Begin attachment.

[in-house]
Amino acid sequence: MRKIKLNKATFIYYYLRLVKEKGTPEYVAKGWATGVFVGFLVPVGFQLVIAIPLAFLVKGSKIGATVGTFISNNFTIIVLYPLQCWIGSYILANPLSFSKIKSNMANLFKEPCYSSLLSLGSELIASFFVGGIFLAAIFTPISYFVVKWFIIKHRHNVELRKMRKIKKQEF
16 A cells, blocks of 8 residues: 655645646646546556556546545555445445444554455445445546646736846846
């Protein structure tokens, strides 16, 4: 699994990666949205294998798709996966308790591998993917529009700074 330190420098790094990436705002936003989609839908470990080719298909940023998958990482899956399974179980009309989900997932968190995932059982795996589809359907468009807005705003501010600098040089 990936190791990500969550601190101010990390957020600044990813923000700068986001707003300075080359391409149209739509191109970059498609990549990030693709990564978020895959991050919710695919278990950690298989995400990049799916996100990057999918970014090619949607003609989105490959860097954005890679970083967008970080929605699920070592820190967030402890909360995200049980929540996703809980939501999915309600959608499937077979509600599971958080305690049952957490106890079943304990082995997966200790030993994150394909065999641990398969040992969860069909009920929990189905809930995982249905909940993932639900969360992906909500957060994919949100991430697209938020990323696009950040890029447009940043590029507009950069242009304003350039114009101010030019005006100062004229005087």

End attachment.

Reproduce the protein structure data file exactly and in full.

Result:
[in-house]
Amino acid sequence: MRKIKLNKATFIYYYLRLVKEKGTPEYVAKGWATGVFVGFLVPVGFQLVIAIPLAFLVKGSKIGATVGTFISNNFTIIVLYPLQCWIGSYILANPLSFSKIKSNMANLFKEPCYSSLLSLGSELIASFFVGGIFLAAIFTPISYFVVKWFIIKHRHNVELRKMRKIKKQEF
16 A cells, blocks of 8 residues: 655645646646546556556546545555445445444554455445445546646736846846
């Protein structure tokens, strides 16, 4: 699994990666949205294998798709996966308790591998993917529009700074 330190420098790094990436705002936003989609839908470990080719298909940023998958990482899956399974179980009309989900997932968190995932059982795996589809359907468009807005705003501010600098040089 990936190791990500969550601190101010990390957020600044990813923000700068986001707003300075080359391409149209739509191109970059498609990549990030693709990564978020895959991050919710695919278990950690298989995400990049799916996100990057999918970014090619949607003609989105490959860097954005890679970083967008970080929605699920070592820190967030402890909360995200049980929540996703809980939501999915309600959608499937077979509600599971958080305690049952957490106890079943304990082995997966200790030993994150394909065999641990398969040992969860069909009920929990189905809930995982249905909940993932639900969360992906909500957060994919949100991430697209938020990323696009950040890029447009940043590029507009950069242009304003350039114009101010030019005006100062004229005087």